Rotary is... organization of business and professional people united worldwide who provide humanitarian service, encourage high ethical standards in all vocations and help build goodwill and peace in the world.

...some 1.2 million service-minded people belonging to over 35,000 Rotary clubs in more than 200 countries.

...service to youth through support for schools, scouts, and other youth organizations, and through career counseling programs.

...service to the elderly with low-cost housing, health care, and other special services.

...service to the disabled through medical treatment, rehabilitation training, sheltered workshops, and recreational opportunities.

...vocational service by promoting high ethical and vocational standards in the business and professional world and a wide range of other community, cultural, and environmental projects to meet the specific needs of communities.

...Youth Exchange, a program that annually sends over 6,000 young people of secondary school age abroad for a school year or a holiday.

...Interact and Rotaract, more than 9,000 service clubs in some 100 countries for young people of secondary school age and young adults, 18 to 30 years of age.

...Rotary Youth Leadership Awards (RYLA), a program of seminars, conferences, and leadership camps to recognize and develop good citizenship and leadership qualities in young people.

...World Community Service, Rotary clubs in a donor country assisting a Rotary club in another country with manpower, funds, or equipment for a community project.

...The Rotary Foundation, established in 1947, which is spending some US$15 million annually to promote international understanding through educational and humanitarian programs.

...some 1,000 international scholarships annually, and international exchange awards to approximately 160 teams of young professional and business people each year.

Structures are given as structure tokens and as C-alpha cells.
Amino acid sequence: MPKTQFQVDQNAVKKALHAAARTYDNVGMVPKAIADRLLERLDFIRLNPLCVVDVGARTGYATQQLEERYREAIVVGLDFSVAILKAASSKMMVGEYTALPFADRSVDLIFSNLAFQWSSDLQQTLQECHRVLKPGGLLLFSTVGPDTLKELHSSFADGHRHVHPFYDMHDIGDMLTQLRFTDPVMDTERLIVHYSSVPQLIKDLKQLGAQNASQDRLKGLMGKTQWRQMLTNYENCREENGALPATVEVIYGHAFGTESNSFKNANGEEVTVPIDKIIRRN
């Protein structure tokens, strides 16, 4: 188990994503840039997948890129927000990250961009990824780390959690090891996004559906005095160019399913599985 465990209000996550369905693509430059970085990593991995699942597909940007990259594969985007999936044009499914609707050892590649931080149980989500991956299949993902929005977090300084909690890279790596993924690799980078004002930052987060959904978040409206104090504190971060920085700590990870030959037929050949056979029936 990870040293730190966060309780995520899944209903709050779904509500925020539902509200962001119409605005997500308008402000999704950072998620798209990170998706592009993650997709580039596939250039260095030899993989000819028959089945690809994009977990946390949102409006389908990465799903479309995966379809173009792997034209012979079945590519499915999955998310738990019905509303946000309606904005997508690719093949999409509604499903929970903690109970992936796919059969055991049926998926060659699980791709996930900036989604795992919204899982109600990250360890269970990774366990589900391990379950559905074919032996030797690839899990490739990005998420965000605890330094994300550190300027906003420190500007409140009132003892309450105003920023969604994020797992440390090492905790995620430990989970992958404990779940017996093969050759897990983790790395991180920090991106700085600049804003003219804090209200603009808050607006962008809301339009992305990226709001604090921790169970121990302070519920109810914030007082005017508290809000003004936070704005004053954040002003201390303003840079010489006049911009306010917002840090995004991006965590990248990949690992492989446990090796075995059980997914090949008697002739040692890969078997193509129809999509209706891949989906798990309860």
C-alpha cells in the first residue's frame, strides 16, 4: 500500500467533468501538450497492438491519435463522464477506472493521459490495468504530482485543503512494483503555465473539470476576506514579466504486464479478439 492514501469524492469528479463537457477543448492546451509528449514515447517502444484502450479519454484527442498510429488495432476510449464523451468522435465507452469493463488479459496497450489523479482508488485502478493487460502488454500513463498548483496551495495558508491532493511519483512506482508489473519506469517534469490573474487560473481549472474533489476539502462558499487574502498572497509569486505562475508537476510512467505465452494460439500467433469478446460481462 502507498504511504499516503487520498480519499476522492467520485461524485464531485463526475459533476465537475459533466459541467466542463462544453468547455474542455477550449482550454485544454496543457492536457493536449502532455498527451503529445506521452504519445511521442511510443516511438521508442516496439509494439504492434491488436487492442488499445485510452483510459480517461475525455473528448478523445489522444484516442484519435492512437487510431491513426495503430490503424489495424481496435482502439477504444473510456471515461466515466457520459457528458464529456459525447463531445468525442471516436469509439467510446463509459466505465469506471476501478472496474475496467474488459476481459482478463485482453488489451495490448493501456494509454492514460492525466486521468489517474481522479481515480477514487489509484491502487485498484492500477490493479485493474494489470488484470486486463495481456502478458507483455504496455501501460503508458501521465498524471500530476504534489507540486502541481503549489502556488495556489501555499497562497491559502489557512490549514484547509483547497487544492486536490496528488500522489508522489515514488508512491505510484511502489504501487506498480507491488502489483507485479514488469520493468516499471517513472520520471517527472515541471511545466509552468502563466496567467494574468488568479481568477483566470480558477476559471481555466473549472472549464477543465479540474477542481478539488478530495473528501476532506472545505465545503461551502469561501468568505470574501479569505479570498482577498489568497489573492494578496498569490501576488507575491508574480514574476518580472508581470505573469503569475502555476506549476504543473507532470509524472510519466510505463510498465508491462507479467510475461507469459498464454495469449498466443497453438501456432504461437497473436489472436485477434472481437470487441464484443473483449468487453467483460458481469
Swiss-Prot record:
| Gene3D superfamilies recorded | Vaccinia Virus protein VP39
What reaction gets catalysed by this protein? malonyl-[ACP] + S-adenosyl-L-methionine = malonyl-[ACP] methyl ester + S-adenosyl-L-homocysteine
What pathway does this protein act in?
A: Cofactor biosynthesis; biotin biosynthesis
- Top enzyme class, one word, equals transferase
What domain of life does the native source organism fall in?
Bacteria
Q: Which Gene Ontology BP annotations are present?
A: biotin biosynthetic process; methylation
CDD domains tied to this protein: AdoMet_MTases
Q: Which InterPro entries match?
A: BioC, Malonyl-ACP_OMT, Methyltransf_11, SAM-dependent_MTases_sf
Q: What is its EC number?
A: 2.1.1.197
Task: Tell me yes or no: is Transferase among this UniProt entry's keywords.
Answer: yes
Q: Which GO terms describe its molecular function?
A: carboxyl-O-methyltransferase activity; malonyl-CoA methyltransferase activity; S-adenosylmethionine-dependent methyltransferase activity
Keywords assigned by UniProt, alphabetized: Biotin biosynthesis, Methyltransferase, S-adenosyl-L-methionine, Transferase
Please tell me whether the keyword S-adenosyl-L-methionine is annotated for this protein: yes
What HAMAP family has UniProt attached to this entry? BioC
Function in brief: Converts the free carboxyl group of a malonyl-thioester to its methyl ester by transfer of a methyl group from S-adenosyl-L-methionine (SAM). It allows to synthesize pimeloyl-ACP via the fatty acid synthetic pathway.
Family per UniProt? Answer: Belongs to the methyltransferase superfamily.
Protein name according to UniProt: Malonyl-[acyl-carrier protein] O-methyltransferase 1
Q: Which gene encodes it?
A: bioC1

...Polio immunization campaigns in developing countries worldwide. Rotary's ongoing effort to erradicate polio throughout the world.

...other health, nutrition and development projects on four continents. with Rotary clubs and districts of some 70 international charitable grant projects annually.

The Object of Rotary

To encourage and foster the ideal of service as a basis of worthy enterprises and, in particular, to encourage and foster:

  1. The development of acquaintances as an opportunity for service.
  2. High ethical standards in business and professions; the recognition of the worthiness of all useful occupations; and the dignifying by each Rotarian of their occupation as an opportunity to serve society;
  3. The application of the ideal of service by every Rotarian to their personal, business and community life;
  4. The advancement of international understanding, goodwill, and peace through a world fellowship of business and professional people united in the ideal of service.

Links to Madison Rotary Club Documents:


Our Club History:

The Madison Rotary Club was chartered in 1919, only 14 years after Paul Harris helped found the first Rotary Club in Chicago; seven years after the formation of the "International Association of Rotary Clubs" that would later become Rotary International; and four years after the Rotary Clubs then in existence were organized into "Districts," one of which consisted of Indiana. Six other Rotary Clubs had already been founded in Southern Indiana, with four more coming into being in the same year of 1919.

The Madison Courier of April 21, 1919 reports on the gala charter dinner at the Hotel Jefferson, at which the 22 original members of the Madison Club were welcomed, with numerous speeches, by a delegation of 18 members of the Indianapolis Rotary Club who had come down by train for the occasion. The list of charter members contains
several names still prominent in the Madison area, such as Scott, Yunker, Johnson, Garber, Inglis, Greiner, and Glass.

Since then the Madison Club has been frequently recognized both for its local service activities (many of which are described in more detail elsewhere on this website) and its participation in Rotary International's worldwide programs. Since Southern Indiana was split off into a separate District in 1938, three Madisonians (John Scott, Phil McCauley, and Dave Dionne) have served as District Governors.

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